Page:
Uncertainty regarding the post-Brexit evolution of the market and an increase in pig slaughtering in the UK has put the price down by 9% from the average recorded last year.
Scotland farmers must endure a drop in prices for pigs, as the market seems more nervous about the tensions raised by Brexit and a high number of slaughtering in the kingdom.
Farmgate pig prices are currently 9% lower than this time last year, according to the latest Quality Meat Scotland (QMS) analysis.
According to Stuart Ashworth, QMS Director of Economics Services, as the year draws to a close, however, pig prices normally do dip seasonally.
“Also contributing to the cooling of producer price is a larger availability of pigs for slaughter in the UK,” said Mr Ashworth.
“Notwithstanding the dip in slaughtering caused by reduced supplies of CO2 during June, which caused some increase in availability during July as the backlog was cleared, the UK weekly pig kill in July this year was reported to be 6% higher than last year, more than offsetting the lower kill in June.”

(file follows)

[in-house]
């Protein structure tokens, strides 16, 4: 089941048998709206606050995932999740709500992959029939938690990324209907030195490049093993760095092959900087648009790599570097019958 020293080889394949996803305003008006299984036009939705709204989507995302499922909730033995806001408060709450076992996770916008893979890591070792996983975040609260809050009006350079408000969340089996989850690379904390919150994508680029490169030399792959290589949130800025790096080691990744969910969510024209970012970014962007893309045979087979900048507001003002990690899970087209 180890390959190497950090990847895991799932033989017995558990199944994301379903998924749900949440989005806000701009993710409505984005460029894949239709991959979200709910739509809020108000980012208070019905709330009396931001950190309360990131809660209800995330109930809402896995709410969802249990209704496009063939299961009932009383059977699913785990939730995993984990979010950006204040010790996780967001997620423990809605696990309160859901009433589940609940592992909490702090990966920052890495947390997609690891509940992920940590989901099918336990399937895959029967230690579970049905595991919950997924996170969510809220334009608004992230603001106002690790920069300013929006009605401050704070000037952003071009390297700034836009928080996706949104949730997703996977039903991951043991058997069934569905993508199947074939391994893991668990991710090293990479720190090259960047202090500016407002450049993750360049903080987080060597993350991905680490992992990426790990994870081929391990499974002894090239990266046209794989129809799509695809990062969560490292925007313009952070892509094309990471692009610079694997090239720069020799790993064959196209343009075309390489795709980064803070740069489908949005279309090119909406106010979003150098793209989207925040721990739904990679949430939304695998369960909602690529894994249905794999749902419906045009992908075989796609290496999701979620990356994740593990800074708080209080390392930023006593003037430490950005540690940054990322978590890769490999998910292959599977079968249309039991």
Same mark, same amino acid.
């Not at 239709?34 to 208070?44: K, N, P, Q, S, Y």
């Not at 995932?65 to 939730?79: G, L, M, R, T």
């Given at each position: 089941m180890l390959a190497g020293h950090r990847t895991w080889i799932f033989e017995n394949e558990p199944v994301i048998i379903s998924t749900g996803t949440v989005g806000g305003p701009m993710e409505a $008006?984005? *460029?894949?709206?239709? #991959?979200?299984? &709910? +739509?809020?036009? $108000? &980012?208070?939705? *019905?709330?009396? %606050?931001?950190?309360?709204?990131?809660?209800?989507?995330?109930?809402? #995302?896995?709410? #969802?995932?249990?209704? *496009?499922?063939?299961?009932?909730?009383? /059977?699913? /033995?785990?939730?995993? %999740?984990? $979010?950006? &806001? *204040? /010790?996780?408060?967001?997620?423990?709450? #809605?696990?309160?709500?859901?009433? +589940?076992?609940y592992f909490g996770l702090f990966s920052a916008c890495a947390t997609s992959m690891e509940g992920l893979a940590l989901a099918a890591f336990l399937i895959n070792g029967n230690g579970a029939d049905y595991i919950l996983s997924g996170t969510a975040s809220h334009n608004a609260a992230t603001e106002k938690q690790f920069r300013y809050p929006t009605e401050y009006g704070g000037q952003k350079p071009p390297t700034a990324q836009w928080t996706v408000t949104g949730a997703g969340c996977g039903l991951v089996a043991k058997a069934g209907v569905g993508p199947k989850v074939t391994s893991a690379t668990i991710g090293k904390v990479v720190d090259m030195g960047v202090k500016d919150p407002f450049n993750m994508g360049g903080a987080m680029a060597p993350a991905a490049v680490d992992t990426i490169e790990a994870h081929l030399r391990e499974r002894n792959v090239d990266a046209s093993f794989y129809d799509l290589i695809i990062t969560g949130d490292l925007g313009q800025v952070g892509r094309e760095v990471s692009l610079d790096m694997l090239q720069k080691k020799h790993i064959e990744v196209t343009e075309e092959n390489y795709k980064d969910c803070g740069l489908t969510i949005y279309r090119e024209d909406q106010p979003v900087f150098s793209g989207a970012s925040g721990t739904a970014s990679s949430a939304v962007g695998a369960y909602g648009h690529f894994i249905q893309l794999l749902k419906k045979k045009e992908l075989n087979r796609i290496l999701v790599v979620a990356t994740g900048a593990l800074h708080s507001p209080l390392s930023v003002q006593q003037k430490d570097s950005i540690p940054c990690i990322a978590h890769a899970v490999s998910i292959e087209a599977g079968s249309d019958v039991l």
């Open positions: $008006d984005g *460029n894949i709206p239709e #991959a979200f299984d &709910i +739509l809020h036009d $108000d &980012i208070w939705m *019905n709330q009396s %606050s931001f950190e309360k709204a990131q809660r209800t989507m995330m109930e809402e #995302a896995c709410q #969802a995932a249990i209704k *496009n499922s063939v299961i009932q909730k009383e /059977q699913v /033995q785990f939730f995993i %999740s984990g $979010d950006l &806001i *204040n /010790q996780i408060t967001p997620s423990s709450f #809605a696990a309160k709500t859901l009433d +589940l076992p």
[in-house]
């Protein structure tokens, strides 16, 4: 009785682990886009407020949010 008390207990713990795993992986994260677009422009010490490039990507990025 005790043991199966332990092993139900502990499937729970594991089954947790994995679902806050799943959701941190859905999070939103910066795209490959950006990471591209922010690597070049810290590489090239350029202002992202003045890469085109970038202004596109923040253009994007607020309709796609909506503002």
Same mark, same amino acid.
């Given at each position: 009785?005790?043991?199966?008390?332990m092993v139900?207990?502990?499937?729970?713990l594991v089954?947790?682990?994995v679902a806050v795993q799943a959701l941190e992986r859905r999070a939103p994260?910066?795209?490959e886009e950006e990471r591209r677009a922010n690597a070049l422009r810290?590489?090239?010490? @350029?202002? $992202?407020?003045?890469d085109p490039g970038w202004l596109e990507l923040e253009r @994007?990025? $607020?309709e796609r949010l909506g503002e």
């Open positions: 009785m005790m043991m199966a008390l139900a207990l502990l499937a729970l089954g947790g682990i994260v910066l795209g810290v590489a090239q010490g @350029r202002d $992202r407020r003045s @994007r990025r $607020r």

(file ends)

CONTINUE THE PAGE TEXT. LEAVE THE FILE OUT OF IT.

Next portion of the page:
Throughputs at pig price reporting abattoirs, he added, remain ahead of last year’s levels through August but dipped slightly in early September.
“With pig carcase weights higher than last year, this modest increase in production will have constrained prices as will a more competitive export market, particularly in Europe, which led to reduced UK export volumes during July,” said Mr Ashworth.
At the same time, the same effect is reported in countries like the US or Brazil, where export barriers and high production have dipped the pig prices by 20%. "The average European producer price, which had strengthened during July and early August, has declined and is now 12% lower than last year. The North American pig producers are seeing prices more than 20% lower than this time last year, as are the Brazilians," added Stuart Ashworth.